Transportation – Trips will originate at the VMI Marshall Hall parking lot, and travel to the observatory which is located in McKethan Park, 3.8 miles, or a ten-minute drive. A VMI Shuttle will transport the first group at 7:15 pm and return by 8:45 pm. The second group will depart VMI at 8:15 pm and return by 9:45 pm.
Paper Circuitry - Melissa Techman
Light up your learning! Explore inventive uses of small paper circuits and lights in 2D and 3D paper formats. Paper circuits were invented by MIT PhD candidate Jie Qi,and and are part of the 21st Century Notebooking Initiative. These tiny flat stickers inspire learners to mix writing, art and technology, while learning simple circuitry. Participants will design something with small lights and get an activity booklet with templates.
Scuba Divers, Not Snorkelers! How Engineering-Based Lessons Promote Deeper Thinking in STEM - Dr. John Almarode
This highly engaging session explores the necessary steps for implementing effective integrated STEM education. Building on the latest research in STEM education and how the student brain learns, participants will experience an environment most conducive to the development of STEM literacy, interest and engagement in STEM, and smart thinking.
- Participants will understand the connection between engaging environments and the development of STEM literacy, interest, and engagement in STEM.
- Participants will be able to identify the essential components of an effective integrated STEM education.
- Participants will be able to apply these components to specific teaching and learning strategies in STEM.
- Participants will be able to develop an action plan for implementing these specific teaching and learning strategies.
Teaching Electrical Circuits is a "Snap"! - Col. Shawn Addington
This hands-on workshop will introduce educators to the “Electronic Snap Circuits” product as a tool to teach basic electricity and electronics to students in grades three through eight.
Electricity and electronics education often presents numerous challenges to the educator, and can be frustrating to the student – small parts and wires, confusing schematics, expensive components, boring simulations, etc. However, through the use of “Electronic Snap Circuits,” students can quickly and easily construct a variety of circuits, and educators can customize course content to suit the grade and size of the class.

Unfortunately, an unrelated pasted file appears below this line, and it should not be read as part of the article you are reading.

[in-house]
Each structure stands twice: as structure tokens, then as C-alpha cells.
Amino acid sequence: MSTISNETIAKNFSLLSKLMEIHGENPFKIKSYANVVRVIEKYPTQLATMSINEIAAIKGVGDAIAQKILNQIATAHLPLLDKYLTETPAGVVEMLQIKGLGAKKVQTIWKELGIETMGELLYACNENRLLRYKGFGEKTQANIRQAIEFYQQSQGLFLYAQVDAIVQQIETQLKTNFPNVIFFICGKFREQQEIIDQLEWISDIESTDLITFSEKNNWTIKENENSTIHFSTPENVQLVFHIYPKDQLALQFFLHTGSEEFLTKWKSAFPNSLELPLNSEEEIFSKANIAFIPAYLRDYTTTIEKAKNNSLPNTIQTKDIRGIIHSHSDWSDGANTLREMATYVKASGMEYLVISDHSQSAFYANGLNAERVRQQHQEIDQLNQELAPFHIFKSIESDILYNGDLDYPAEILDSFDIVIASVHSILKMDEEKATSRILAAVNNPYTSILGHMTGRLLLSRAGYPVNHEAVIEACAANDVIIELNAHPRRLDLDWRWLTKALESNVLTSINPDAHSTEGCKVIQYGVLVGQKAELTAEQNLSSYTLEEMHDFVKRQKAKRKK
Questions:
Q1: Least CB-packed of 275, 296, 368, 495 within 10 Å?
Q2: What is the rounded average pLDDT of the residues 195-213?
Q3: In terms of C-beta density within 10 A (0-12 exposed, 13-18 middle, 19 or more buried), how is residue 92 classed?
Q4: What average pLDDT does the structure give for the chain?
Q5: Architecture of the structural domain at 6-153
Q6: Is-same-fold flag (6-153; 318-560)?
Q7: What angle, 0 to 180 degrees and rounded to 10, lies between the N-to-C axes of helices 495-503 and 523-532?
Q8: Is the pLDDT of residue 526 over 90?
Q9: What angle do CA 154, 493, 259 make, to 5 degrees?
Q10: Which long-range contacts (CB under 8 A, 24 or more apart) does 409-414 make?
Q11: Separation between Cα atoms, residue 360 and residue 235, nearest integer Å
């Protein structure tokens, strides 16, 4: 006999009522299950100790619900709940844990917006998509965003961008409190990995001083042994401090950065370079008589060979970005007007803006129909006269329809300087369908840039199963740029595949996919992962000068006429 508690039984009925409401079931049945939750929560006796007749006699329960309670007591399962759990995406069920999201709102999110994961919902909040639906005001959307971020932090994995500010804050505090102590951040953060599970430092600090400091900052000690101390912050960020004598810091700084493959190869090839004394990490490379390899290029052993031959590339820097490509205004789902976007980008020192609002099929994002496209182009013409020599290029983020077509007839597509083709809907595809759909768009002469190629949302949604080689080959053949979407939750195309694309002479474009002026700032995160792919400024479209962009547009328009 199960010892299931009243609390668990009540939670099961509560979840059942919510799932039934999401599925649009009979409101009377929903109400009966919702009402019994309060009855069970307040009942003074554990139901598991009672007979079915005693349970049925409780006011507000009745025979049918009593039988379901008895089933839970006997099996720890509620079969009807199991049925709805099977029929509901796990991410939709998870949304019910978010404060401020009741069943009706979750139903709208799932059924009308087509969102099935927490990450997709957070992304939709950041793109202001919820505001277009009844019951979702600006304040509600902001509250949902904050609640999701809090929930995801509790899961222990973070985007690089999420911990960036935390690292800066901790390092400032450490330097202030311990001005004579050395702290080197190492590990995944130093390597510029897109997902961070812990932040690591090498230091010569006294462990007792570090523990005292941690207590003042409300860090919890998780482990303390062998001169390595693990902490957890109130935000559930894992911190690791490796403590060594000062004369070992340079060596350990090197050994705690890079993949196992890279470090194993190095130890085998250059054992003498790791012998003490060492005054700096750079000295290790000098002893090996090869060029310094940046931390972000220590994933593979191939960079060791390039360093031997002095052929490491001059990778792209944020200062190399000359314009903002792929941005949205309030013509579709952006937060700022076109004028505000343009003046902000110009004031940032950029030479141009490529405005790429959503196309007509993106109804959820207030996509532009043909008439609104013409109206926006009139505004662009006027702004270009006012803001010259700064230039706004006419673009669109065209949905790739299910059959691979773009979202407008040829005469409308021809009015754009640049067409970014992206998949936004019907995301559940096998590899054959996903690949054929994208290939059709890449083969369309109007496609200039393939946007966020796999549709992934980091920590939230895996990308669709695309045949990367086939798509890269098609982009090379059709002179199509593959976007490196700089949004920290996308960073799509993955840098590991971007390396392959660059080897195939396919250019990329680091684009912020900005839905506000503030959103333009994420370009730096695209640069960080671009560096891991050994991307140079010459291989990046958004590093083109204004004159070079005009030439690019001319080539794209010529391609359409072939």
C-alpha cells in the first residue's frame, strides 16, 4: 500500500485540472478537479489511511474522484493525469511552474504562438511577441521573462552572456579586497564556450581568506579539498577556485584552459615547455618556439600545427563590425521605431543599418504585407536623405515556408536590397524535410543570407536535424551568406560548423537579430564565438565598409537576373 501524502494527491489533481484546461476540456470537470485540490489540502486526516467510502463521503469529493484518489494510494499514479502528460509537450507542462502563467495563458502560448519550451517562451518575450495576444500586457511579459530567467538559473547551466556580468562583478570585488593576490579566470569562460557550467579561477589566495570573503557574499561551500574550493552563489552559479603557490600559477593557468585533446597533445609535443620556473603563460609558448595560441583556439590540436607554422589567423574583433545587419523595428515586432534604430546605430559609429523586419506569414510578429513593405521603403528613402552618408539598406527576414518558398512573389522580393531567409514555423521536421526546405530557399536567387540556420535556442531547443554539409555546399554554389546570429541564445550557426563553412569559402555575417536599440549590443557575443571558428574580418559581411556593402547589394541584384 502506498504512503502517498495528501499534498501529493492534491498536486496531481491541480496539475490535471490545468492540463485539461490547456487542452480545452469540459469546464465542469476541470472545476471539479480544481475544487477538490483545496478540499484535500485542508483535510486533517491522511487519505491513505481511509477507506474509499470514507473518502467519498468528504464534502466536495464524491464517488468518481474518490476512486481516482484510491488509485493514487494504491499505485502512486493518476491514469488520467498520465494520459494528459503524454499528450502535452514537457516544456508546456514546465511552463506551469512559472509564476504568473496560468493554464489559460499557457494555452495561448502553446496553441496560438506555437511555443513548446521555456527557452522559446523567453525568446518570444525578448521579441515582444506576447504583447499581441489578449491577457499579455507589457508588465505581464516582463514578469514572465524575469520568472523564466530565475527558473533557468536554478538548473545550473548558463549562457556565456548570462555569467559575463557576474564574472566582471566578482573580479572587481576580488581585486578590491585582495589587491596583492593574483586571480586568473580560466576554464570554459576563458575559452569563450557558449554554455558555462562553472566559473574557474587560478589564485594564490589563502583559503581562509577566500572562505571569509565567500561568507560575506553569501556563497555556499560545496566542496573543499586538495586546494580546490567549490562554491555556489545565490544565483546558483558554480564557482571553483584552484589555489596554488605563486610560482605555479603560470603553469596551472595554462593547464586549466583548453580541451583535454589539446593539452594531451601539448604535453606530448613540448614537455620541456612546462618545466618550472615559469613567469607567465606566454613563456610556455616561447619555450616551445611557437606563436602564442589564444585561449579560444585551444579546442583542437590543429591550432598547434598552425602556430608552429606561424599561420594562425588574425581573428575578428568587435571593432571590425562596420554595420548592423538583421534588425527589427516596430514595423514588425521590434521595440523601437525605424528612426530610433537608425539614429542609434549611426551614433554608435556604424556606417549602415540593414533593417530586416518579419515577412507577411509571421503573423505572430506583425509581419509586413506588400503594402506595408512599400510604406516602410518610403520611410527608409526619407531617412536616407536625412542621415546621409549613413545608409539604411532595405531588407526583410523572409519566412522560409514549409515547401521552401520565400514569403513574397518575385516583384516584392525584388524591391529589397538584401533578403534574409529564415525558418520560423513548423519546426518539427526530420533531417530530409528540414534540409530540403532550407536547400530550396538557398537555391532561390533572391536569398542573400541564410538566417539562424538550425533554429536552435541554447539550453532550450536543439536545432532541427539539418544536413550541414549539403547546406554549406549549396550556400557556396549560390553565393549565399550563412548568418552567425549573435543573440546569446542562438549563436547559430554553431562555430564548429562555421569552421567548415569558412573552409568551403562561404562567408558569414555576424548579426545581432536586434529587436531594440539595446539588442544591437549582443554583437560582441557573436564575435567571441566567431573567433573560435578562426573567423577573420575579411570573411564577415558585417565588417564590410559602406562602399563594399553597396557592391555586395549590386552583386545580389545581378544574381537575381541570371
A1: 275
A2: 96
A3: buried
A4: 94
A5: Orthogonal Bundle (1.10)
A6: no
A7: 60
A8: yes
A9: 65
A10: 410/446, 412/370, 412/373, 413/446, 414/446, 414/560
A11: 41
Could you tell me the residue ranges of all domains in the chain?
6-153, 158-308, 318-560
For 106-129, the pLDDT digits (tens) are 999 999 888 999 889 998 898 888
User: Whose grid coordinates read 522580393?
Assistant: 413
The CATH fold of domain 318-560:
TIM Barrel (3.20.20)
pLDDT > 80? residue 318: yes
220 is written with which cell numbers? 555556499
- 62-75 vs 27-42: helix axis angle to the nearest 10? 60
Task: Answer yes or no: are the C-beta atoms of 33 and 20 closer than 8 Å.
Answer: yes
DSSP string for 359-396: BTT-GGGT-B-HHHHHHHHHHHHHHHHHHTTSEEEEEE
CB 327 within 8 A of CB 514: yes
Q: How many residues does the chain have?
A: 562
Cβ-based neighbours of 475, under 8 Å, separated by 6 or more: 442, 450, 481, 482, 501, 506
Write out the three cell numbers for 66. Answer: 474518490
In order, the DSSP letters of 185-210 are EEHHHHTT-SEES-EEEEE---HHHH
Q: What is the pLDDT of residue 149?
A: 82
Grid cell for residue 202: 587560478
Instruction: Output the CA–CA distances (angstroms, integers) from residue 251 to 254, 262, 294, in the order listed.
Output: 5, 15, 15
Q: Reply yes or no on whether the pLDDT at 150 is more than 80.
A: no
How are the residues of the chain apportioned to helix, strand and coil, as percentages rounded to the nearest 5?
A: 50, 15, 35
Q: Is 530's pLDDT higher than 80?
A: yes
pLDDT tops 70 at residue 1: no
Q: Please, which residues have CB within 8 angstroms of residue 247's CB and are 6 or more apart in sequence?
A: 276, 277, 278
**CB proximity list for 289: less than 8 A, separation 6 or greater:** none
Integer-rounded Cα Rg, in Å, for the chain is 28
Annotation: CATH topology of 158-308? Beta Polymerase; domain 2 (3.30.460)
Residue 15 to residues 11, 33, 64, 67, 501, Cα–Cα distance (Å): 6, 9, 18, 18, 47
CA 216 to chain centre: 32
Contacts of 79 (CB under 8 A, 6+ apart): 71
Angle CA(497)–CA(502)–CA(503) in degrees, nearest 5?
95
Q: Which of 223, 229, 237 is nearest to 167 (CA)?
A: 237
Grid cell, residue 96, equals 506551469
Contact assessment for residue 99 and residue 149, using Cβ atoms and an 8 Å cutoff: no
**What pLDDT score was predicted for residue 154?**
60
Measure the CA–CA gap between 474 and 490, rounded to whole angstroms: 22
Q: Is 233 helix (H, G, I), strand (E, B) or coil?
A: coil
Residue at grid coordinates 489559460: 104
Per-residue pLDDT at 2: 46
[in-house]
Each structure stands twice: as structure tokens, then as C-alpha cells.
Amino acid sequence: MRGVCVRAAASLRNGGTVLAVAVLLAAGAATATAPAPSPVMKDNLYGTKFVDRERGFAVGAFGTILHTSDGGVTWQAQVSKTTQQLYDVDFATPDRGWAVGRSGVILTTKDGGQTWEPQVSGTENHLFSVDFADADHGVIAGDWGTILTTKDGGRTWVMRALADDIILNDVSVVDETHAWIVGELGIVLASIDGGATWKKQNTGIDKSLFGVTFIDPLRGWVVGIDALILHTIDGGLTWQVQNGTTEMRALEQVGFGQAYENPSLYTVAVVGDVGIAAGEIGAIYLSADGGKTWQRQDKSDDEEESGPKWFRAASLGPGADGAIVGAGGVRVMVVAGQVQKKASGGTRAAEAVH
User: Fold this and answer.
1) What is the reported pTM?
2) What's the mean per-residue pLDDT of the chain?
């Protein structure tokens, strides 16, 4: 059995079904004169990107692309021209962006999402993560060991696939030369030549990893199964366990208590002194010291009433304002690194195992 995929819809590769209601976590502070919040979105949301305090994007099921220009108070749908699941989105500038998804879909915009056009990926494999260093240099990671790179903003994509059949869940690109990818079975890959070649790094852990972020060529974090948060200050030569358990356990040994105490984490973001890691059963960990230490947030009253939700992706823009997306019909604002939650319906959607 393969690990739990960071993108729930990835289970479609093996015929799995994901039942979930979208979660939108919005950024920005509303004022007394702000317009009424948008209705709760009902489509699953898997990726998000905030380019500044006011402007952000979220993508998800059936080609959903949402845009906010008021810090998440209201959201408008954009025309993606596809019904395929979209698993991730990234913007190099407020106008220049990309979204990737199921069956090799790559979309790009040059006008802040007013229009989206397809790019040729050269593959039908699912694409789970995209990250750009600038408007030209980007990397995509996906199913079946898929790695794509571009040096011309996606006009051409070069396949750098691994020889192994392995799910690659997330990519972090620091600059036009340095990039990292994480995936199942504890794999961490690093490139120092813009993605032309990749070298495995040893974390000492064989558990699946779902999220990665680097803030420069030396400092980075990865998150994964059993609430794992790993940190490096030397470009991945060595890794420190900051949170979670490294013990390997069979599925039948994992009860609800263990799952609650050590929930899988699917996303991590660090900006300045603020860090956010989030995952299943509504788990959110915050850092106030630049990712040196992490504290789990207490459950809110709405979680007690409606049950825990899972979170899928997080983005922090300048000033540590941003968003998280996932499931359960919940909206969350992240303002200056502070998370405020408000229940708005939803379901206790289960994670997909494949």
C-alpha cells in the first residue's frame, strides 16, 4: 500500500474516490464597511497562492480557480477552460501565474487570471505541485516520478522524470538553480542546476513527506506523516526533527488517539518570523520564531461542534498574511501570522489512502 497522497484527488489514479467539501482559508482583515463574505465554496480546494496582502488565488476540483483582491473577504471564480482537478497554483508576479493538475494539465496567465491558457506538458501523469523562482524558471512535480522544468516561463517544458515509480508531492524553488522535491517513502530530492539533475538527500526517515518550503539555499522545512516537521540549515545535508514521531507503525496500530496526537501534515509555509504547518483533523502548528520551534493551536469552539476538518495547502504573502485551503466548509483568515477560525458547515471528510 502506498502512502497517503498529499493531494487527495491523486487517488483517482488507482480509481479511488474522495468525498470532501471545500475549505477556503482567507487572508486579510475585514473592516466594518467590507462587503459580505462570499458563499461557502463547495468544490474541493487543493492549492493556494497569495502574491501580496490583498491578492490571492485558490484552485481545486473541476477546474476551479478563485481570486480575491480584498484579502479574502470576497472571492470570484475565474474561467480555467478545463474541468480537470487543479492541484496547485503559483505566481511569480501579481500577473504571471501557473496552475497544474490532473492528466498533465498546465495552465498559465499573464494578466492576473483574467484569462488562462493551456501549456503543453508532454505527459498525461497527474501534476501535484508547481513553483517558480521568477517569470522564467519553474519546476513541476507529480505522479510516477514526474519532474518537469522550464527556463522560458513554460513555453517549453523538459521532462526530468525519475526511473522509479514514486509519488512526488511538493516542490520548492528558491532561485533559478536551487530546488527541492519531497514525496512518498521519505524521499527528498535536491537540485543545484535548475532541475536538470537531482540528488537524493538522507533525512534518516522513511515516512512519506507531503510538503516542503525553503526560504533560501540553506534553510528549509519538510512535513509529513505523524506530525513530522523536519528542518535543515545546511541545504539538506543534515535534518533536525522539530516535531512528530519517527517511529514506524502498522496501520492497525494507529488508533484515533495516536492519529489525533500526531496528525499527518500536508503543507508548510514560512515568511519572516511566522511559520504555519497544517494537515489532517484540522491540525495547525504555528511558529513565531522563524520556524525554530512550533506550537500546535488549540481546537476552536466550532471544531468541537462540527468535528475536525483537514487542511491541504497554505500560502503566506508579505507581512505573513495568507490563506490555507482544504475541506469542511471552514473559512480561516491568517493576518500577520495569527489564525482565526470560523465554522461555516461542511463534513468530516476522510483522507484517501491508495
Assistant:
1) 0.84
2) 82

Tetrahedral Kite - Clifton W. Jones, Jr. & Alisa Rushing
In this hands-on workshop participants will learn to build a tetrahedral kite using inexpensive materials. This lesson incorporates all areas of STEM and 21st century skills. Workshop will cover the forces of flight, gravity, Newton’s laws and the history of the kite.
The Sun, Earth, Moon Connection - Lt. Col. Daniela Topasna and Lt. Col. Gregory Topasna
This workshop discusses the interplay between the Sun, the Earth and the Moon. Topics covered include the phases of the moon, eclipses, tides, the seasons and climate. Part discussion and part hands-on activities, this workshop melds the two together for a total learning experience. Activities and resources to help students understand these topics will be presented.
The Thinking 3rd Grade Classroom: Beyond Hands-on Stem - Karen Heathcock & Melissa Techman
This team will show how a wide variety of open-ended science, math and engineering activities regularly implemented in a 3rd grade classroom supports the development of key skills needed for higher-level thinking, creative problem solving, and successful collaboration. We will give steps for teaching the inquiry and discussion skills that yield a curious and productive class culture. A list of weekly STEM activities and resources will help you connect curricular areas (including writing) and standards in meaningful ways. Attendees will be able to experiment with some electronics activities that can be readily used in upper elementary and beyond. One big benefit of this approach is the level of support from excited parents and community members. This past year, parents have guided projects ranging from homopolar motor exploration to hands-on biome tableaux that became the topic of student poems.
Urban Agriculture - Scott Barnes, Greg Donovan, & Ted Rosiak
The US Department of Agriculture defines a food desert as a place “without ready access to fresh, healthy, and affordable food” and that the “lack of access contributes to a poor diet and can lead to higher levels of obesity and other diet-related diseases”1. Teaching middle school students how to identify and produce their own fresh, healthy, and affordable food is a necessity anywhere, but particularly in areas with high populations of economically disadvantaged students. In the Urban Agriculture program at Potomac Middle School, we provide an emphasis in educating our students on how to identify healthy foods as well as how to produce them, hoping that they will take their knowledge back to the community. In this workshop, we will highlight the hands-on strategies and lessons that we have utilized to achieve success with the students at Potomac Middle School so that you can help to eliminate any food deserts in your community. https://apps.ams.usda.gov/fooddeserts/foodDeserts.aspx
Wind Turbine Blade Design Challenge - Ms. Remy Pangle
Teachers will participate in a design challenge involving wind turbine blade design. Participants will work through the research phase and then brainstorm design ideas and create a prototype to be tested. Other wind energy resources will be reviewed and the session will end with a discussion on how the design challenge can be integrated into the classrooms.